One bottle of water contains 240,000 plastic fragments: New study | Health

A new study has sounded alarm bells around bottled water concluding that micro nanoplastics in these bottles could be far more than estimated earlier. With a staggering 2,40,000 plastic fragments, the bottled water has up to 100 times more microplastics than previously thought, said a new study. Around 90 per cent of these tiny plastic bits are nanoplastics – particles that are less than a micron in size and can be absorbed into human cells and tissue, as well as cross the blood-brain barrier. While the presence of microplastics in plastic bottles was previously known, the technology to better identify micro and nanoplastics was lacking. (Also read: How microplastics are affecting your child’s health)

The study was published in the journal Proceedings of the National Academy of Sciences and is the first attempt to identify nanoplastics in bottled water.(HT image)

The study was published in the journal Proceedings of the National Academy of Sciences and is the first attempt to identify nanoplastics in bottled water.

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The scientists at Columbia University’s Lamont-Doherty laboratory used sophisticated imaging technology called SRS microscopy to study water samples from three popular brands and found hundreds of thousands of bits of plastic per litre of water.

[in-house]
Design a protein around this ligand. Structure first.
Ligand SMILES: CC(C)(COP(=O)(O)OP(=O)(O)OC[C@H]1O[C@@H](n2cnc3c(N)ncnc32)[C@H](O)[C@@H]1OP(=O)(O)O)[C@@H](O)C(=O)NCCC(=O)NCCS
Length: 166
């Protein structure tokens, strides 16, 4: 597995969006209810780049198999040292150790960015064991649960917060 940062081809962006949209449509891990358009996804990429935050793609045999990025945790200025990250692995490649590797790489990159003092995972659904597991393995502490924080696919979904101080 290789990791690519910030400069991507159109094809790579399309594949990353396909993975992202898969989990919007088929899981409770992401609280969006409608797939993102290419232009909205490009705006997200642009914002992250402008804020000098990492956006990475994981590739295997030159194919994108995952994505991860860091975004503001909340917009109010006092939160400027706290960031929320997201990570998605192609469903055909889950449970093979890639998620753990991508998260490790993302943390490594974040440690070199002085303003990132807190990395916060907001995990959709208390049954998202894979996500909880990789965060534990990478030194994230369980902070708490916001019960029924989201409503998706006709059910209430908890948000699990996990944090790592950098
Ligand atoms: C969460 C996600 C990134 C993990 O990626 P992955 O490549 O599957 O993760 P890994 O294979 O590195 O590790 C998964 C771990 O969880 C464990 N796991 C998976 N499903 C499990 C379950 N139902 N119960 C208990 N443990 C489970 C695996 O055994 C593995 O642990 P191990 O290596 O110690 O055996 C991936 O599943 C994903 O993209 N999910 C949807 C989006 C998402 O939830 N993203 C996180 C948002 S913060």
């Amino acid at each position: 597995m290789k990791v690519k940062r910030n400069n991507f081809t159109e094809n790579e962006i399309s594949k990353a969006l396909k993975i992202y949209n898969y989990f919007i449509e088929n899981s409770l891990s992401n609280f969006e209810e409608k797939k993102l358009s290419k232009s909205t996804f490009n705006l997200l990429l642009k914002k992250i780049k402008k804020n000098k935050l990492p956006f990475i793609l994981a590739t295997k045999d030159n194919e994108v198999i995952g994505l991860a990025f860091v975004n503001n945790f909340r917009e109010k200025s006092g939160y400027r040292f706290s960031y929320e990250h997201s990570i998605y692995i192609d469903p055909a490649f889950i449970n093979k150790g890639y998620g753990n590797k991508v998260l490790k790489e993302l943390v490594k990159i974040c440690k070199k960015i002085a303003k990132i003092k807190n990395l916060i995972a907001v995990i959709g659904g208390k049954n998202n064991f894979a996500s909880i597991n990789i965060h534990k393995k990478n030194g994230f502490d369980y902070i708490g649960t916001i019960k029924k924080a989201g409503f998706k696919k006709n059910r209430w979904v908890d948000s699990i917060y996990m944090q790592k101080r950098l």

Research on the effects of plastic on human health is not extensive and scientists have started to identify presence of plastics in people’s bodies and organs.

Harmful effects of microplastics

Microplastics can enter bloodstream and cause digestive issues, inflammation, and disrupt nutrient absorption apart from causing developmental delay in children. They can also make their way to developing foetus and to prevent exposure to microplastics, it is crucial to avoid using plastic bottles, lunchbox or any kind of plastic packaging.

According to various studies, mothers can pass microplastics via the placenta to a developing foetus. These chemicals cause serious harm to the health of the children.

“Even if they’re not that toxic at a larger particle size, when they become smaller they become toxic, because they can interfere in the cells, in the tissues, inside of the organelles,” said Beizhan Yan, a Columbia environmental chemist and a co-author of the study.

Tackling dangers of microplastics

“It is essential to ensure that parents try to limit the exposure to microplastics found in products and in the environment, and the toxic chemicals linked to them. Do not give your children food products with plastic packaging. Opt for glass milk bottles instead of plastic ones to feed your baby. Do not give plastic toys and objects to children who put them in their mouths. Although, you can allow them to play with wooden objects,” Dr Jagdish Kathwate, Consultant Neonatologist & Pediatrician, Motherhood Hospital Pune told HT Digital earlier.

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